Canadians fear for future of health care



The vast majority of Canadians fear for the future of health care, concerned over the potential for declining quality and rising costs of services to support an aging baby-boomer population, according to a report.

In its annual report card on health care, the Canadian Medical Association had pollster Ipsos Reid gather public opinion about Canadians’ perceptions and expectations of long-term health and health- care needs.

According to the findings released Monday, 80 per cent of Canadians surveyed said they were concerned quality of health care in the country would decline due to the strain on the system caused by aging boomers.

What’s more, 79 per cent of respondents worry the system won’t be able to offer the same level of coverage as that segment of the population reaches retirement age. Along with concerns over quality of care, Canadians are worried about footing the bill for increasingly costly health-care services, both for themselves and aging boomers.

More than three-quarters worry they’ll have to pay additional taxes to support the system. Roughly the same proportion fear they won’t have enough money to maintain their own health as they age, topping concerns over being able to afford retirement (68 per cent) and losing a job (38 per cent).

The bulk of Canadians polled believe political leaders need to step up to effect change. Some 85 per cent agreed challenges brought on by the aging population signal that the time has come for federal, provincial and territorial governments to negotiate a new health-care funding agreement.

Outgoing CMA president Dr. Anne Doig said in a release the report sends a “clear signal to decision-makers.”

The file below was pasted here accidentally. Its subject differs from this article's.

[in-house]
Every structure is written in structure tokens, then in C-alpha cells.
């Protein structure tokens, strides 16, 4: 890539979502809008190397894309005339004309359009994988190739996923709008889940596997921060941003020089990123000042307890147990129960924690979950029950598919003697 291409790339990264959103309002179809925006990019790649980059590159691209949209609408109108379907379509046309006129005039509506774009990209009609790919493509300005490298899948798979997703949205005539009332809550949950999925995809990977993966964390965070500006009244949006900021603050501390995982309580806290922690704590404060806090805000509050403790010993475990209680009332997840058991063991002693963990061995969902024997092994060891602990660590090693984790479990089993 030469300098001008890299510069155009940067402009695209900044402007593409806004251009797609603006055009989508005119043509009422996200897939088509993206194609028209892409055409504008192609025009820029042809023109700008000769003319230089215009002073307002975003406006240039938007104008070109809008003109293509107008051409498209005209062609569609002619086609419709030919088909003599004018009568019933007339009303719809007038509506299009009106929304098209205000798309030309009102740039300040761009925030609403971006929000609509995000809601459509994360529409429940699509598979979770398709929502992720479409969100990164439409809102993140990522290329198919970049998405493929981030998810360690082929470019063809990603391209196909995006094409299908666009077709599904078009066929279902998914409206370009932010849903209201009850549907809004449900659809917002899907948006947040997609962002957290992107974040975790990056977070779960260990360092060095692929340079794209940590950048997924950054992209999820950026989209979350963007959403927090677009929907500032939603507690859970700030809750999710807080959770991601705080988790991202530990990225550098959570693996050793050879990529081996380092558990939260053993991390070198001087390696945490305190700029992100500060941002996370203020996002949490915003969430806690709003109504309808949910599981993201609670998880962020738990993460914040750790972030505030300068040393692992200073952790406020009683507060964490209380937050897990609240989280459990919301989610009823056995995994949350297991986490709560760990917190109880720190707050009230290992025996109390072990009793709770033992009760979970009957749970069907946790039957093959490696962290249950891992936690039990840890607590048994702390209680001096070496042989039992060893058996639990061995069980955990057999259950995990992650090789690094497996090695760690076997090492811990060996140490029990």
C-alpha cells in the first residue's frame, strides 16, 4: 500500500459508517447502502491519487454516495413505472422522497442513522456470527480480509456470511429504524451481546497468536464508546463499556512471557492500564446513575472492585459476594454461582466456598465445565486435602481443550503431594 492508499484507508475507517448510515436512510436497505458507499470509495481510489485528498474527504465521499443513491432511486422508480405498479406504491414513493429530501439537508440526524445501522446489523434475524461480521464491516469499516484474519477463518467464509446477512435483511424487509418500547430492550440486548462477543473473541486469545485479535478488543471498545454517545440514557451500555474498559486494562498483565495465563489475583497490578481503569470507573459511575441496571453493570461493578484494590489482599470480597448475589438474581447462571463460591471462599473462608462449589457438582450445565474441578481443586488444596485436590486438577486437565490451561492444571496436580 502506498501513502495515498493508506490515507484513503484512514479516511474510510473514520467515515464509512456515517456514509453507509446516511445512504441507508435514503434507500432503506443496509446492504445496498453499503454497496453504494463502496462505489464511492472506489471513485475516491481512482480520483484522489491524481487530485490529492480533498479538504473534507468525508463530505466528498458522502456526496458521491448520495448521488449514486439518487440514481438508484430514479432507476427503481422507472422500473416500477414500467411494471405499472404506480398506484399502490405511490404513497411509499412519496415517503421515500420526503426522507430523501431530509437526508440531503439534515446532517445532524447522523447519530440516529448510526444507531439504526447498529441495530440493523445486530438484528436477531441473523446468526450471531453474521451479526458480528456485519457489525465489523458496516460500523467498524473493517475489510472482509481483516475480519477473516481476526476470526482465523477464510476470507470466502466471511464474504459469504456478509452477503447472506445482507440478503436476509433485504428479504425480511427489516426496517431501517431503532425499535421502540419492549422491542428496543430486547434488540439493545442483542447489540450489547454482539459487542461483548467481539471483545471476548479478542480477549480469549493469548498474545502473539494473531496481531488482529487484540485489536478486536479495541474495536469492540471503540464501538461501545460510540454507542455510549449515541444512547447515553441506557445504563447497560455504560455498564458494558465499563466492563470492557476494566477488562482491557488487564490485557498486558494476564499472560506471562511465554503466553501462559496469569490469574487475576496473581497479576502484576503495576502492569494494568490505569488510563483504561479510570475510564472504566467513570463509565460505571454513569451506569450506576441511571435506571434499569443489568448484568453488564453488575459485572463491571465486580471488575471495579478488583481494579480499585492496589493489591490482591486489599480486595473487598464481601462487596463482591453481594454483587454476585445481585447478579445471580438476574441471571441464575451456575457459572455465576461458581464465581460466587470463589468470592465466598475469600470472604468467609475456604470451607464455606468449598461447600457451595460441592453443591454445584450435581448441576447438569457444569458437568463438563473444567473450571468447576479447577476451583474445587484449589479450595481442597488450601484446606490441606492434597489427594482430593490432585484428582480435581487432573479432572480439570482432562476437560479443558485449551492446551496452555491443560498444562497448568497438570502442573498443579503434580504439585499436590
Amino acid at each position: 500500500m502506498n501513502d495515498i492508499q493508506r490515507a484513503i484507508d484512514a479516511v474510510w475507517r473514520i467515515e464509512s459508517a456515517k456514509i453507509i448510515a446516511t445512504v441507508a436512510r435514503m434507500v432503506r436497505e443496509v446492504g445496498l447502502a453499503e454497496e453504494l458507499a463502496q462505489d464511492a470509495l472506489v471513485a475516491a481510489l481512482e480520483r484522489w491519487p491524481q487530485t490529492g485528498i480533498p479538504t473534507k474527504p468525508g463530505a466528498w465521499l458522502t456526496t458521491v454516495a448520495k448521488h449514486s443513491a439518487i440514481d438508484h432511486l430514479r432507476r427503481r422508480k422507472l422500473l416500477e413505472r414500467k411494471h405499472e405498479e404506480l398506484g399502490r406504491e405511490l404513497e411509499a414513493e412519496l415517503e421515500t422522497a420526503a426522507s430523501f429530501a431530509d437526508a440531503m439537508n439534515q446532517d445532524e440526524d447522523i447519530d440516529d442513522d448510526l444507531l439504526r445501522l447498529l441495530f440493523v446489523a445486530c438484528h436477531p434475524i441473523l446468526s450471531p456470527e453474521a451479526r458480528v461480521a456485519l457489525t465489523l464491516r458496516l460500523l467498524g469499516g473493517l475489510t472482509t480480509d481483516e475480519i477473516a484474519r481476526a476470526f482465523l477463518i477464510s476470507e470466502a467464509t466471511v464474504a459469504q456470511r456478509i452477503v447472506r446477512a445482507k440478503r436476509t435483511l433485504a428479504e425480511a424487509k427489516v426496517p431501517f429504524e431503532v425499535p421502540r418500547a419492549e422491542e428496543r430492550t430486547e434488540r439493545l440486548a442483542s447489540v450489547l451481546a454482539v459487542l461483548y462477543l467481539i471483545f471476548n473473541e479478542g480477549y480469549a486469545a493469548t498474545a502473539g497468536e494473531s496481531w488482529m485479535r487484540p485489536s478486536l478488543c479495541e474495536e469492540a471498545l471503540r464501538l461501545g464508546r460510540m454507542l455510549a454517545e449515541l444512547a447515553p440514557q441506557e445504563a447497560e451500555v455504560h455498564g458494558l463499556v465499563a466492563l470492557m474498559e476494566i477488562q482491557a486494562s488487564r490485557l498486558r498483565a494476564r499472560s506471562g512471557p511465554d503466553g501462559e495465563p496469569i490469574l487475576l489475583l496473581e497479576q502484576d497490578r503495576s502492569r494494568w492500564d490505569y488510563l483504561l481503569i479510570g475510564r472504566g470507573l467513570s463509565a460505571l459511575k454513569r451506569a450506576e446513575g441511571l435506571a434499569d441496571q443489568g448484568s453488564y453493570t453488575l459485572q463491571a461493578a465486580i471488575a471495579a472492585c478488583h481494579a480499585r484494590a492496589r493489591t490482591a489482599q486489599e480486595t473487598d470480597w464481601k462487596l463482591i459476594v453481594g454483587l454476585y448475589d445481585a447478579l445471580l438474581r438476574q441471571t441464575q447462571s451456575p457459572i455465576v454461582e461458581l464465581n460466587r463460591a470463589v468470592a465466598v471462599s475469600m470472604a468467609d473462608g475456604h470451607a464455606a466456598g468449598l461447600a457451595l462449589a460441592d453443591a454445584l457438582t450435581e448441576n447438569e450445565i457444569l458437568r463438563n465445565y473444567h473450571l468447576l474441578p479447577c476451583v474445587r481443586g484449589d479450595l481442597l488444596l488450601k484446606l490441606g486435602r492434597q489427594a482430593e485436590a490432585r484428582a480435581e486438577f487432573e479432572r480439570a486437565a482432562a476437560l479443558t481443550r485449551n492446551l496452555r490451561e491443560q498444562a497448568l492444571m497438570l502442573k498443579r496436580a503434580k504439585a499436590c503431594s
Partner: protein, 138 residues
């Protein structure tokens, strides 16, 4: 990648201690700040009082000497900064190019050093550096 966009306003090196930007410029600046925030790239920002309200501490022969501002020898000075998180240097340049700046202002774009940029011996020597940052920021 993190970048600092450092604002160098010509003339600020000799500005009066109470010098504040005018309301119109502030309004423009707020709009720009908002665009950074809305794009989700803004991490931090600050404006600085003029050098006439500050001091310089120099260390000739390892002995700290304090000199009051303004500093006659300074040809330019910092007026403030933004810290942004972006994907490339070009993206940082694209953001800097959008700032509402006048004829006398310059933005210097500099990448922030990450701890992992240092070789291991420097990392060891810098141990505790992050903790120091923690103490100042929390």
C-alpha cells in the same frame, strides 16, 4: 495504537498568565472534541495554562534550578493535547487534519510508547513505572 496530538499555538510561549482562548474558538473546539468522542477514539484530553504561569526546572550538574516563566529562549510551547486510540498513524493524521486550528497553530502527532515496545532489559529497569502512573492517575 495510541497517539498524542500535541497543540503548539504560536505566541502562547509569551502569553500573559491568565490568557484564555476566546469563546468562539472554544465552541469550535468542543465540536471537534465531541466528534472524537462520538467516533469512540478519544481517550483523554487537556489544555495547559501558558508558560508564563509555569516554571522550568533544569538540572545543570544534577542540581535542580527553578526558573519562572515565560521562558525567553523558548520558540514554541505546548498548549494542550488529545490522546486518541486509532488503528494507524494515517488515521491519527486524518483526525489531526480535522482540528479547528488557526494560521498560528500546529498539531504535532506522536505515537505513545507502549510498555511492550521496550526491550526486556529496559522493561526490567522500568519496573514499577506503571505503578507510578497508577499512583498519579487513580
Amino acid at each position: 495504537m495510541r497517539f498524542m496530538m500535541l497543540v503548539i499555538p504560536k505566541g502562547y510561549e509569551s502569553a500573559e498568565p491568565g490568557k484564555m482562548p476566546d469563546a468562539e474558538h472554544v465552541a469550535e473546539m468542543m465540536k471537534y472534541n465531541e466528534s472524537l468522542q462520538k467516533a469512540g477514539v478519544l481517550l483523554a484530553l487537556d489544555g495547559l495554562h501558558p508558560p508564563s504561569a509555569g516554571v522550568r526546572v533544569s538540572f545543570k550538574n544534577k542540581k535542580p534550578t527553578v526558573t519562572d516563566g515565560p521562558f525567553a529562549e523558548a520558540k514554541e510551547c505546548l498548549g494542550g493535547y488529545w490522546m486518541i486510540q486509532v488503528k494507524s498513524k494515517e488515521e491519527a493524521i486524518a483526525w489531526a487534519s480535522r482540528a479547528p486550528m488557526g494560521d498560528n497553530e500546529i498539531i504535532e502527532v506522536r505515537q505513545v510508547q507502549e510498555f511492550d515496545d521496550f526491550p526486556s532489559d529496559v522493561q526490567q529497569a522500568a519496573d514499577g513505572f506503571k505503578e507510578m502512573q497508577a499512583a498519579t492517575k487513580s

“Canadians want an open dialogue on the tough issues in health care and they want it to start now,” she said.

Doig also noted that this year’s report card shows young adult Canadians are bracing for increased health-care costs in the future.

“We know that as people age, they require more health-care services and right now, there is a very real worry that unless it is significantly transformed, our health-care system will not be able to meet the needs of future generations,” she said.

The report card found adults aged 46 and under are far more likely than boomers to prepare for rising health-care costs.

The poll found younger adults are more prepared to buy long-term health insurance and to purchase health-care insurance to supplement public coverage in their retirement.

Younger respondents were also more inclined to dip into planned retirement savings to help pay for future health costs and to alter retirement plans by working longer or travelling less.

While those surveyed are clearly concerned over health care’s future, the report reveals there’s little change in public views concerning access and government handling of the present system.

In this year’s report card, 75 per cent of Canadians gave an A or B grade for quality of health-care services available, versus 74 per cent in 2009.

The federal government was assigned an A or B by 41 per cent of respondents, up one percentage point over last year. The same percentage of Canadians gave their provincial governments either an A or B grade, compared to 42 per cent last year.

The CMA cautions that the “similarly middling grades” for both Ottawa and the provinces translates into uncertainty among Canadians concerning whether health-care services will improve or worsen in their communities over the next two or three years.

The report found 35 per cent of respondents believed services would get better, while 51 per cent said they would get worse.

The Ipsos Reid online survey of 3,483 Canadian adults, conducted in June, has a margin of error of plus or minus 1.66 percentage points, 19 times out of 20.

Release of the report coincides with the CMA annual meeting, being held in Niagara Falls, Ont., through Wednesday.